Windsor Star Increases Outsourced Content


Tuomi-HeaderThese are the worst of times for the traditional, aka mainstream, media, particularly newspapers. The industry is no longer able to find enough advertisers willing to place ads, which is in turn leading to the downfall of these once powerful and proud institutions.

At the same time, those papers still publishing are seeing an almost equal decline of people willing to read what they have to offer.

The result has been the hiving of more and more names from the mastheads of PostMedia publications across the county, including the Windsor Star.

Although PostMedia is the nation’s largest stable of newspapers, in these tumultuous times its size hasn’t protected it from the turmoil of the industry. Fighting back, it has executed continuing rounds of downsizing, which are repeated as revenues persistently vanish.

It is a kind of vicious circle that seems to have no end in sight, and has reached a probable tipping point.

Indicative of this is the reality of the local paper being a shadow of what it once was. All indications are that the Star is on its way to further shrinkage. Up to now, while the cuts have been many, the paper has managed to carry on much like it always has.

That ended on December 10.

The newly appointed Editor-in-Chief, Ellen van Wageningen, penned a page 2 explanation of major changes at the paper.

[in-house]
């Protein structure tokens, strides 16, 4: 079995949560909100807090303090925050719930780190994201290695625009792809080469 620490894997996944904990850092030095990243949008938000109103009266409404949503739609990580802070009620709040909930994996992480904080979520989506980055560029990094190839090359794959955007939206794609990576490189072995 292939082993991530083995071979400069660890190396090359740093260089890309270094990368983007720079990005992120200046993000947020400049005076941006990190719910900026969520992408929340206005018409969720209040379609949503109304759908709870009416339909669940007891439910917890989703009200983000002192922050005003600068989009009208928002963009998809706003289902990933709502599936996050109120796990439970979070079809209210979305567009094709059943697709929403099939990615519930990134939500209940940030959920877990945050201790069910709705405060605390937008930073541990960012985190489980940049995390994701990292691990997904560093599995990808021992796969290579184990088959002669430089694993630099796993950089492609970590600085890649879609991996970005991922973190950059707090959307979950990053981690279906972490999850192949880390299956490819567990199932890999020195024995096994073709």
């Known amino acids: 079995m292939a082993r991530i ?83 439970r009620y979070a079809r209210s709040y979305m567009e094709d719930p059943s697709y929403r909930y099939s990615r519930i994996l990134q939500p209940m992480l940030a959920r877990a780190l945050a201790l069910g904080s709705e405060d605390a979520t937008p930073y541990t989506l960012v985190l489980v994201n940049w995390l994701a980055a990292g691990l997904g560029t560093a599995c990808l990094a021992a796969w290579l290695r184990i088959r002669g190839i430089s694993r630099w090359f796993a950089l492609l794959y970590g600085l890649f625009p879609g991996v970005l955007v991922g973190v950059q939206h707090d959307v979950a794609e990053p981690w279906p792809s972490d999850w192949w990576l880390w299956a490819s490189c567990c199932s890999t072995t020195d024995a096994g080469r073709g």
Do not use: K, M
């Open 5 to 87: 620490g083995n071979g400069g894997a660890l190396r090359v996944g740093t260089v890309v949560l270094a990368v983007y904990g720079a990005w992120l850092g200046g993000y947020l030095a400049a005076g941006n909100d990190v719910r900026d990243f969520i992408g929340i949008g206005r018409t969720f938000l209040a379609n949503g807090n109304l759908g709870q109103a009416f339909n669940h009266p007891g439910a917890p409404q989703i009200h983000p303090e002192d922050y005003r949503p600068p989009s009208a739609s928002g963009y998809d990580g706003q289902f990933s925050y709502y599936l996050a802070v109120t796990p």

Those who read the news, a declining audience certainly, read about the end of a robust newspaper. Henceforth the only part of the paper with local news will be its front section.

While its sports pages will offer stories, and not results, these will be intermingled with coverage from elsewhere. All other remaining sections will feature content from other PostMedia sources.

Indeed, for quite some time the paper has interspersed content from reporters from other mastheads. While it has been jettisoning staff, other changes have been happening, including moving some of its operations to other PostMedia facilities. This has include the tasks of formatting the paper.

However, and probably most startling, was the decimation of opinions and reader’s letters. They will now be published only on Friday and Saturday.

This is no small modification.

Although PostMedia is desperate to reduce costs, this alone threatens to remove a considerable degree of the paper’s value in Windsor.

Opinions are what give newspapers their grit. Opinion sections allow editorialists to say things hardly acceptable, because of lack of objectivity. That’s not necessarily a bad thing if done correctly. Take the ability to comment on the day’s issues away and a paper becomes little more than chaff, often in the form of rewritten press releases, with little wheat.

Albeit, there are those who might legitimately argue, and convincingly, about the Star offering an abundance of chaff over the years with its opinions being weak and irrelevant. So, it will be interesting to see if anyone actually notices.

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About the Author

Robert Tuomi

After initially succeeding as a broadcast journalist and achieving senior level assignments, Robert branched out into marketing communications. As a senior executive, primarily in the high-tech industry, Robert created award-winning and comprehensive, multi-faceted initiatives to enhance sales and expand market awareness for some of the largest companies in their fields.

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